Image credit: Sabianmaggy, used under Creative Commons license.
From overpopulation as the elephant in the room, to the idea that less sex and more TV might be the answer to India's growing birth rate, overpopulation isn't exactly a taboo subject here on TreeHugger—but it doesn't get anywhere near the attention of, say, wind energy, electric cars, or the amazing biodiversity of compost. All that has to change, says Peter Preston over at The Guardian, if we are to have any hope of tackling the threat of climate change. In an article on why the human numbers don't add up on climate change, Preston first notes that saving the planet feels a little bit like last year's news these days. With students rioting in the streets over tuition fees, and the latest climate talks barely warranting a mention in the media, he does have a point. But the problem is deeper than just a lack of attention or interest in the topic, argues Preston, it is also the fact that the debate over climate change focuses on energy, but does not register when it comes to some of the most important societal debates of our time. Take the UK's struggle over child benefits, for example:
"In a rational world - of the kind passionately championed by Jonathon Porritt and his Forum for the Future - no system would pay you more government money to have more children. Child benefit is the absolute logical opposite of what's needed. Do we want a UK population spurting to 77 million before we're halfway through this century? Do we want Britain to add an extra 1,000 a day? It isn't immigration that's principally fuelling such figures any longer: it's "natural change" (aka known as births against deaths). Yet the furore that greets any shrinkage in benefit range or cash signally fails to register population impact. It's as though the issue doesn't exist."
Of course not everyone thinks that overpopulation is the environmental issue that Preston makes it out to be. As Brian noted so excellently in his piece on whether overpopulation is a green myth, there is an ongoing battle raging between those who believe that less people equals less emissions is a pretty compelling equation, versus those who argue that it is primarily an excuse for affluent nations to ignore the issue of consumption.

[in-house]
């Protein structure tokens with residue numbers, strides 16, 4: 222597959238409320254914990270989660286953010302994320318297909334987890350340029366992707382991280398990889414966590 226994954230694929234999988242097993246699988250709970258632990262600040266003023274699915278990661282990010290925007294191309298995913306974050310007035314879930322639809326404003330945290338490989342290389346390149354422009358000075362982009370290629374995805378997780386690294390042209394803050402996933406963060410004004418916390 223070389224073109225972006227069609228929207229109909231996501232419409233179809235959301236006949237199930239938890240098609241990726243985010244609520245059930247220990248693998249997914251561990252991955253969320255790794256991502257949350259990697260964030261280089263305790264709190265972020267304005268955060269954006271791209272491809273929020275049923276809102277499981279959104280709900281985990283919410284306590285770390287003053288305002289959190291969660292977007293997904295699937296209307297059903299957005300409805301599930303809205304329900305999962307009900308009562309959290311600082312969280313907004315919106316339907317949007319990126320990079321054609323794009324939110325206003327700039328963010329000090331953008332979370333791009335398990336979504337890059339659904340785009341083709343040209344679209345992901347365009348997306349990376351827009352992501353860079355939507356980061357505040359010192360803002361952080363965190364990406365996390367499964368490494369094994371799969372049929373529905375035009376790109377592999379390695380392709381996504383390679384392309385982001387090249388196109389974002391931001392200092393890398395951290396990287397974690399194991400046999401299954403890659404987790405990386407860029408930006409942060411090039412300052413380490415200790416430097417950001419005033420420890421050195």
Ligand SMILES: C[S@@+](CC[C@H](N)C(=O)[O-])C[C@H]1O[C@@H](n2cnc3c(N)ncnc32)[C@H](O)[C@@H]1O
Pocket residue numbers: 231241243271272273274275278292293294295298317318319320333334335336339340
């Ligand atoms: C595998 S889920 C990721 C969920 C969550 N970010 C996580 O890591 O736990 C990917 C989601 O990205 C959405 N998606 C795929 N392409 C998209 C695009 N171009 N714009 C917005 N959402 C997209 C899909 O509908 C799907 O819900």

I must admit I get a little frustrated at these kind of either/or comparisons. Surely tackling consumption and energy use, and ensuring sustainable population levels, are not mutually exclusive strategies? We already know that investing in education is one of the best ways to lower birth rates, and given all the other benefits such an approach has to offer, it seems crazy not to include its impact on population levels too when we decide where to invest our efforts. In fact, says Preston, from a simple cost-benefit standpoint, tackling overpopulation might be one of the most effective ways to cut emissions fast:
"China's "one child" policy - which may have stopped 250-400 million births, on official calculations - is not a polite subject for discussion anywhere in the west. Indeed, it's often lumped into Beijing's long list of human rights abuses. David and Sam, Ed and Justine, have their "happy events". Some year soon, perhaps, William and Kate will join in. But set all that alongside some LSE research last year for the Optimum Population Trust. It costs £5 on family planning to abate a tonne of CO2 - against £15 for wind power and £31 for solar power. In short, too many happy events equal global misery. It's the harsh truth where Cancún communiques fall silent."
As a relatively new green dad, I am by no means anti-baby. I love my beautiful little carbon footprint as much as the next parent. And I fully understand that rich, fossil-fuel addicted Westerners have precious little moral high ground from which to lecture the rest of the world. But the idea that discussing how the number of babies we all have impacts our environment, and our society, should somehow be off limits seems like a dangerous concept to me.
It's good to see someone saying what needs to be said.
See our Roundup of The Population Debate
More on Population, Overpopulation and Babies
Quote of the Day: Michael Braungart on Population
Is Overpopulation a Green Myth?
World Population to Hit 7 Billion by 2011
Why Eco-Activists Still Have Children
Ode to Women and Nature: Lessons for a New Green Dad